Chapter 8:Layout 15/21/101:19 PMPage 173Jonah the ChristianG r a y d o n F. S n y d e rIf you attend a worship service at any Christian church anywhere in the world, there’s a good chance you’ll see a cross displayed somewhere in a prominent place. Many probably assume the same was true for the first Christians. They might be surprised to discover, however, that the cross does not appear in Christian artwork for around four hundred years. And, they might be surprised to find out that the Jonah story appears far more frequently in earlyChristian art than the cross.So, why was the story of Jonah so important? In early Christian catacomb art no other picture appears as often as that of Jonah.Since no writing reflects what early Christians believed, we accept the art as an indication of what the average believer saw in the story of Jonah. We speak of this as the understanding of local people. For the most part it showed the Christian Jonah absorbed by a pagan society, but then regurgitated into a redeemed Christian existence.

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I.N.H. Beahm

Various Brethren Press PDF

dunkerguide-history-complete35/27/104:56 PMPage 851908-1958I.N.H. Beahm‘Little Man’ with a big heart by Anna M. SpeicherIsaac Newton Harvey Beahm was born in 1859 at Good’s Mill, Va., nearBridgewater. He is probably best known today as the “Little Man” from theBrethren Press children’s story by Dorothy Brandt Davis. But I.N.H., or “BrotherBeahm,” as he was often called, is still remembered by an older generation as a minister, educator, and tireless Brethren evangelist.As a young man, I.N.H. worked as a farmhand, shoemaker, and wheelwright.Baptized in 1879, he was called to the ministry in 1881 and ordained as an elder in 1904. He enrolled at Bridgewater College in 1884 and was valedictorian of his graduating class in 1887. After a short stint as principal of schools in Bonsack,Va., he was called to join the faculty at Bridgewater in 1888. The teaching load was quite different then than it is today; in the two years he served at Bridgewater he taught nine subjects, including elocution, rhetoric, psychology, and arithmetic.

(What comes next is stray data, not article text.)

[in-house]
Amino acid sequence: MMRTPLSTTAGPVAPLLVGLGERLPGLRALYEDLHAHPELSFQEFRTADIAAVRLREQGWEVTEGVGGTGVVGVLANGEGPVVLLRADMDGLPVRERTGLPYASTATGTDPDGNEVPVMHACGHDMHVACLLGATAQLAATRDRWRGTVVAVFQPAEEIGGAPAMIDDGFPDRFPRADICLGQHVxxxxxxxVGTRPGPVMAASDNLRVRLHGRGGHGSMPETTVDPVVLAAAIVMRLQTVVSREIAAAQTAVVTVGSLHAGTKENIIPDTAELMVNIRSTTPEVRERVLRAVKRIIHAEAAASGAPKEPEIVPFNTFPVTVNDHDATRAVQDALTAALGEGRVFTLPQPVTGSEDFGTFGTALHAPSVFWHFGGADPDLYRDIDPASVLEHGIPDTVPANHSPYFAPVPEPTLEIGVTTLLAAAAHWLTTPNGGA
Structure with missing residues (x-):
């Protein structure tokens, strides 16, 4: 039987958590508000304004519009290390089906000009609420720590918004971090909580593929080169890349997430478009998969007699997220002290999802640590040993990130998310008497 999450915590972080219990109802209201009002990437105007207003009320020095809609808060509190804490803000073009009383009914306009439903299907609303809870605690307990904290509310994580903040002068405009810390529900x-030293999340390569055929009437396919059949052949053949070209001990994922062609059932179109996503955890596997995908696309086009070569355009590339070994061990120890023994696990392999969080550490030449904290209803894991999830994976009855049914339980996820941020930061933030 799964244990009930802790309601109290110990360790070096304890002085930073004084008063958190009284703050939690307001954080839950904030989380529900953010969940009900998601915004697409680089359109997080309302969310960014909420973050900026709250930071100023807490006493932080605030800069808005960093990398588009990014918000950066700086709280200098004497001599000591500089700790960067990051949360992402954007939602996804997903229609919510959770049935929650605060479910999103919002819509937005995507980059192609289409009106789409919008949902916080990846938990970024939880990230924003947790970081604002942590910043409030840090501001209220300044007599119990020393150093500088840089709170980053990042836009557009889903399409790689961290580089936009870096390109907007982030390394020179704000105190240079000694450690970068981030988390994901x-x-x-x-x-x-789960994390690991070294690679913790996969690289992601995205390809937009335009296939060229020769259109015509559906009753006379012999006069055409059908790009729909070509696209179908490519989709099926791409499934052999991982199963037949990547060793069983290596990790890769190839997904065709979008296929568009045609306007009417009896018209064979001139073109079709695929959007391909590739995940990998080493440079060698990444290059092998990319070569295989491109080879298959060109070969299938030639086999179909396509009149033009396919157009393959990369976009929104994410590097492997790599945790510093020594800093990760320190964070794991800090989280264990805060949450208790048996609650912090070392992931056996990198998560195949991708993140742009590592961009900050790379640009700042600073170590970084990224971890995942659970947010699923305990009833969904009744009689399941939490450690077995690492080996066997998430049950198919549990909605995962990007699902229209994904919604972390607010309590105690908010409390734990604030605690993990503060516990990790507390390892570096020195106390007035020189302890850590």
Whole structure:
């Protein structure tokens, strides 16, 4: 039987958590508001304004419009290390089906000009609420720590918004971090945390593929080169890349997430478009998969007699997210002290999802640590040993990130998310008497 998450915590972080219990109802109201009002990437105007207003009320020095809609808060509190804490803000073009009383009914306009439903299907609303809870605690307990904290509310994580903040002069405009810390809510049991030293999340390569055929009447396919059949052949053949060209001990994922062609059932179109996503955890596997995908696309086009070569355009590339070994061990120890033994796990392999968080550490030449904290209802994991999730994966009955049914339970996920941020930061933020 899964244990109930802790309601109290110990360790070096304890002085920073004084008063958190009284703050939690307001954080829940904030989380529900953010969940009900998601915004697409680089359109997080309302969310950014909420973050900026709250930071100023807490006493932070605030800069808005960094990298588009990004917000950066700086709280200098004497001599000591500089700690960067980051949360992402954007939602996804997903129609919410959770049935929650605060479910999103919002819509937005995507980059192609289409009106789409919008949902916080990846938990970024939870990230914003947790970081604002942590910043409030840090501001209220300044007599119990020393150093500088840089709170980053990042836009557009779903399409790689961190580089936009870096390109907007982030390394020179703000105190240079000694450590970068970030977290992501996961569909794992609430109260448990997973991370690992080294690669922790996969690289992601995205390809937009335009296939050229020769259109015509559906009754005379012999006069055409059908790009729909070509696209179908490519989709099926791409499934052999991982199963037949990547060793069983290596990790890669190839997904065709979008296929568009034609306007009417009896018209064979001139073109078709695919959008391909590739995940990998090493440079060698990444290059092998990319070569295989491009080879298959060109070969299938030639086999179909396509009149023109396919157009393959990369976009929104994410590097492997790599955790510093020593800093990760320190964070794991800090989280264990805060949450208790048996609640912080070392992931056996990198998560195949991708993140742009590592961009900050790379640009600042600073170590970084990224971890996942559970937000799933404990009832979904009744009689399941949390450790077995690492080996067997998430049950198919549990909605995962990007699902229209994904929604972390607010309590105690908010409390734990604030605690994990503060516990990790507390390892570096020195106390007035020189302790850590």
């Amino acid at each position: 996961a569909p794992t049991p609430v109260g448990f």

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Salvation

Various Brethren Press PDF

A DUNKERG U I D E TOSalvationWe are justified by faithRomans 5:1-2; Ephesians 2:8-10Jay D. WeaverTChristians referred to themselves as people of “theWay” (Acts 9:2; 19:23). When Emperor Constantine legitimizedChristianity in AD 313 with the Edict of Milan, primitive Christianity faded into the background. The dividing line between the church and the empire became blurred. Beliefs were codified into various creeds—including theNicene Creed, which was first adopted in AD 325. It summarized very succinctly—“for us and our salvation”—the person and work of Jesus Christ. The meaning of salvation, however, has been debated ever since.There are differing interpretations of salvation among Christian denominations. Each of these traditions—from Lutheran to Baptist to RomanCatholic to Eastern Orthodox—emphasizes the salvation of the individual, particularly as it relates to an afterlife. They differ, however, in how they define the roles God and humans play in the drama of salvation.The concept of salvation is found throughout the Hebrew Scriptures, where the emphasis is usually on the salvation of the particular nation of Israel as God’s chosen people. However, in Isaiah 2:2, the prophet explores the future redemption of all nations of the earth. He writes, “In days to come the mountain of the Lord’s house shall be established as the highest of the mountains, and shall be raised above the hills; all the nations shall stream to it.”